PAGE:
Lee Daniels says the 1972 Billie Holiday biopic Lady Sings the Blues, for which Diana Ross earned an Oscar nomination, was the beginning of his desire for a film career. The filmmaker says he’d never seen Black people portrayed in that manner before, and it affected him deeply.
Still when Pulitzer Prize winner Suzan-Lori Park’s screenplay adaptation of a specific chapter in the book Chasing the Scream from Holiday’s life, something largely glossed over in the earlier film, came along, he felt it was a Billie Holiday movie that had not been made, and became determined to do it. Casting singer Andra Day, an acting novice, in the title of role of The United States vs. Billie Holiday became the key, and thus this fascinating true drama sets the record straight in a story in which the U.S. government, through the Federal Bureau of Narcotics (now the DEA), harassed and targeted Holiday, trying to nail her for drug addiction in order to stop her from performing her signature but controversial song called “Strange Fruit.”
Daniels, who was Oscar nominated for Precious and has made his mark on several films and TV projects including the hit Empire, doesn’t always take the easy and obvious path in his filmmaking, and that is what makes it so unpredictable and exciting to witness. Here he presents a no-holds-barred story of a successful blues singer, aka Lady Day, unfortunately with a severe addiction to drugs and bad men. She also became an early champion in the Civil Rights movement when she refused to stop singing “Strange Fruit,” a song about the persecution of young Black men, inspired by horrific things she saw while touring the South.
In an attempt to thwart Holiday and stop her from performing it, the FBI and particularly Harry Anslinger (Garrett Hedlund), head of the Federal Bureau of Narcotics and self-styled perpetrator of the “War on Drugs,” go after her in a big way by using her history of drug use to do it. Anslinger sends in a Black agent, Jimmy Fletcher (Trevante Rhodes), to go undercover and nail her, but things get very complicated when instead they have a torrid affair and he becomes very conflicted in his initial mission. Working in the horrendous pursuit of other personalities of the day via the McCarthy hearings, etc., Daniels and Parks weave a web around a largely untold, and tragic, part of Holiday’s life — one from which she never really recovered before her untimely death at too young an age.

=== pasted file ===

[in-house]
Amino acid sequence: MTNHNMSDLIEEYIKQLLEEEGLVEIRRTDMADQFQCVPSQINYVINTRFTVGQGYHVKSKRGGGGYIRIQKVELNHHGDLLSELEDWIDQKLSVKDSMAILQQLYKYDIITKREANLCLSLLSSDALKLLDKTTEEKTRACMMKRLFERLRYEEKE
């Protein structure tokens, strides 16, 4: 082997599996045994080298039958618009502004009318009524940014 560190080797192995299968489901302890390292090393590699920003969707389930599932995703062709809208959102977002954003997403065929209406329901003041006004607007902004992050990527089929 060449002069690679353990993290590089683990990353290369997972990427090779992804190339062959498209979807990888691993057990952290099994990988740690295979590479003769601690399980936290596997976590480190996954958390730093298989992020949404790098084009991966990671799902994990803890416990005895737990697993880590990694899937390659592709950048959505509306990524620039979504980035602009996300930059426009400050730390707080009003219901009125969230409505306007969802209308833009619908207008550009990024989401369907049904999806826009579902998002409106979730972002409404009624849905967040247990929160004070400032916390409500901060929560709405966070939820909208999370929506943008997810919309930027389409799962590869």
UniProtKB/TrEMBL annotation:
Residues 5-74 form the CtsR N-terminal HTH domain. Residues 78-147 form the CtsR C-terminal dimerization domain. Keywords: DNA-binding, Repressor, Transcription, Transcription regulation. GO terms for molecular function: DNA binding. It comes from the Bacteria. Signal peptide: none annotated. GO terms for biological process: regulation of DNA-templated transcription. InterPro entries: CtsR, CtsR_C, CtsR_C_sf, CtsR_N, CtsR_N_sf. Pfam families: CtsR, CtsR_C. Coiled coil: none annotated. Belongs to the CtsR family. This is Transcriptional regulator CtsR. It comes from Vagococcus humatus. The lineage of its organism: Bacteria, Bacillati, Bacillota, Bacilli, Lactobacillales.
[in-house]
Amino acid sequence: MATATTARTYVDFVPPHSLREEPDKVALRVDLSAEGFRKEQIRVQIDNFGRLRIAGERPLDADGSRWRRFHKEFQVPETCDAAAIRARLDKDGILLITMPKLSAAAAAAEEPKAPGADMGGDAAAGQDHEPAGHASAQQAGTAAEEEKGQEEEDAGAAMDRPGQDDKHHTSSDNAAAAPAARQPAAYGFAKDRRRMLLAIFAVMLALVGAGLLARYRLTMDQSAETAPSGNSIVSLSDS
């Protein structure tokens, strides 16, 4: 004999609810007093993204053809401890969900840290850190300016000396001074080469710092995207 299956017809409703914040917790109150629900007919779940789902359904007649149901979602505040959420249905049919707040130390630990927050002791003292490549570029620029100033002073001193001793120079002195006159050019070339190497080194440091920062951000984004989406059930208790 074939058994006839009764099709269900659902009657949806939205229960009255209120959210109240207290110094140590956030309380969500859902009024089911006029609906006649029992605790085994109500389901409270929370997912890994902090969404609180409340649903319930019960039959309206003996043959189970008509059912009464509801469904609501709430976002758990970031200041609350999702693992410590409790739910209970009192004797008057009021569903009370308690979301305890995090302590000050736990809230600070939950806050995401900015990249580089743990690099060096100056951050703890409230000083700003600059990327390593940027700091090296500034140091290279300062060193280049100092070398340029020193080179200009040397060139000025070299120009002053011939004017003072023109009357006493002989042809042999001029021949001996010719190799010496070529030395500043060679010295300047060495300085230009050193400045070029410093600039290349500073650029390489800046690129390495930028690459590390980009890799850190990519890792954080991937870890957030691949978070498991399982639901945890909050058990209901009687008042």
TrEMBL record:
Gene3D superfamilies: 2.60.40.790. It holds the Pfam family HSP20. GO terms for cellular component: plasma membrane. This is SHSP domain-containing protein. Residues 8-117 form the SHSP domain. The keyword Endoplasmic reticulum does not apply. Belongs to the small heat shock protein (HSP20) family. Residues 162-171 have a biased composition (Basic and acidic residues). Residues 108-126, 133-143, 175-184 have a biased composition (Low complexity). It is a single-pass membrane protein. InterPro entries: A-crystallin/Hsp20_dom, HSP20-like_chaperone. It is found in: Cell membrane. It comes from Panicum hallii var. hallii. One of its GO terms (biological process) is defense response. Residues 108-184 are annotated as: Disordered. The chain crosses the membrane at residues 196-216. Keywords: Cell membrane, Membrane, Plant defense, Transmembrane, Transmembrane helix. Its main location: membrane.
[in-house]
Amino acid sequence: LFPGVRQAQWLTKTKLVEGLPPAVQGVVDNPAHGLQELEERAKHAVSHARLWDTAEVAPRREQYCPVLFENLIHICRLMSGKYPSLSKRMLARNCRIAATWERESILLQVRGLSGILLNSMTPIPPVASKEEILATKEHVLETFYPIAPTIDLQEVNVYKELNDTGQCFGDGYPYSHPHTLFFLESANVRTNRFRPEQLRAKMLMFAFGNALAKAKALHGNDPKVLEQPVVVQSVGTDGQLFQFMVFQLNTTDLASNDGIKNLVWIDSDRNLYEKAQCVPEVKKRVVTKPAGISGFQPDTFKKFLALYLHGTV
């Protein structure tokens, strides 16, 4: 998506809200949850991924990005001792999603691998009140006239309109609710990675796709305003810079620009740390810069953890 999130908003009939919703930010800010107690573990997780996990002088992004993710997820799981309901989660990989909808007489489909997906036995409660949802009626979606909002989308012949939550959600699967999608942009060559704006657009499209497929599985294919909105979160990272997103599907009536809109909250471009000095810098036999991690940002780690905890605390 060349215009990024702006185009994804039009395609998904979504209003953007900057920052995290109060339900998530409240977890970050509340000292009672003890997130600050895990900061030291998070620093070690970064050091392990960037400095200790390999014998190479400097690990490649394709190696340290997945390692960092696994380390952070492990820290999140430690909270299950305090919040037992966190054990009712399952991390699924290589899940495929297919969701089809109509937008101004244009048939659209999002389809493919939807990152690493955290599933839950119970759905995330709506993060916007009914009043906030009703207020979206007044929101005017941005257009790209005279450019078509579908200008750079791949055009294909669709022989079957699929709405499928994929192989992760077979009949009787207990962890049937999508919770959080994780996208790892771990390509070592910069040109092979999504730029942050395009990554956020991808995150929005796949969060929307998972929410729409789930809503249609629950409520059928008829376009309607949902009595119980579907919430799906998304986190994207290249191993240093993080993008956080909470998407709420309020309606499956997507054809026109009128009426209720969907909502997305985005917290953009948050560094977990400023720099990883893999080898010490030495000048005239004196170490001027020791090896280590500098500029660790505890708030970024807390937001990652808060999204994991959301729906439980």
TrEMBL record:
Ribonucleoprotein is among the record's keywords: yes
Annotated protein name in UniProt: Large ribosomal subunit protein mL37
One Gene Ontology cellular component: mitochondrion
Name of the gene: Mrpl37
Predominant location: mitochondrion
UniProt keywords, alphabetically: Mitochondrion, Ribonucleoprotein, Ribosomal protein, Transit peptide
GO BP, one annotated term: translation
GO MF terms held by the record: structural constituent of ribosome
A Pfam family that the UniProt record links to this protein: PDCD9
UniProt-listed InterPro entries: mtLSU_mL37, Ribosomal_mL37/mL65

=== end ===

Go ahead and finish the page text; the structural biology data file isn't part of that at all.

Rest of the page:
You simply cannot say enough about what Day achieves in this role, particularly being a first-time actor. She gets beneath the skin of Holiday, giving a raw and honest portrait of an artist under duress but determined in her belief that she can use that art and talent to make the world a more just place. She is flawed to be sure, sadly addicted, but inspiring in her quest. Day, who isn’t acting in the shadow of the memories of Ross, carves out her own interpretation and makes it fresh and right for this moment. She also triumphs musically in every one of Holiday’s well-known hits but sells “Strange Fruit” like it is the first time it has ever been sung. Extraordinary.
Rhodes (Moonlight) also is excellent as Fletcher, a man full of complexity himself and caught up in a relationship he simply can’t escape. Hedlund is appropriately unlikable as the government honcho out to make a name by using a name to do it, and Rob Morgan, Da’Vine Joy Randolph, Tyler James Williams and a wacky turn from Leslie Jordan all triumph in support. Evan Ross, son of Diana, even turns up as an agent, Sam Williams, in an interesting bit of casting on the part of Daniels (he was in Daniels’ TV series Star), and there’s also a nice bit from Natasha Lyonnne as Tallulah Bankhead.
Producers are Joran Fudge, Jeff Kirschenbaum, Joe Roth, Tucker Tooley and Pamela Oas Williams. Hulu begins streaming it on February 26. Check out my video review with scenes from the film at the link above.
Do you plan to see The United States Vs. Billie Holiday? Let us know what you think.
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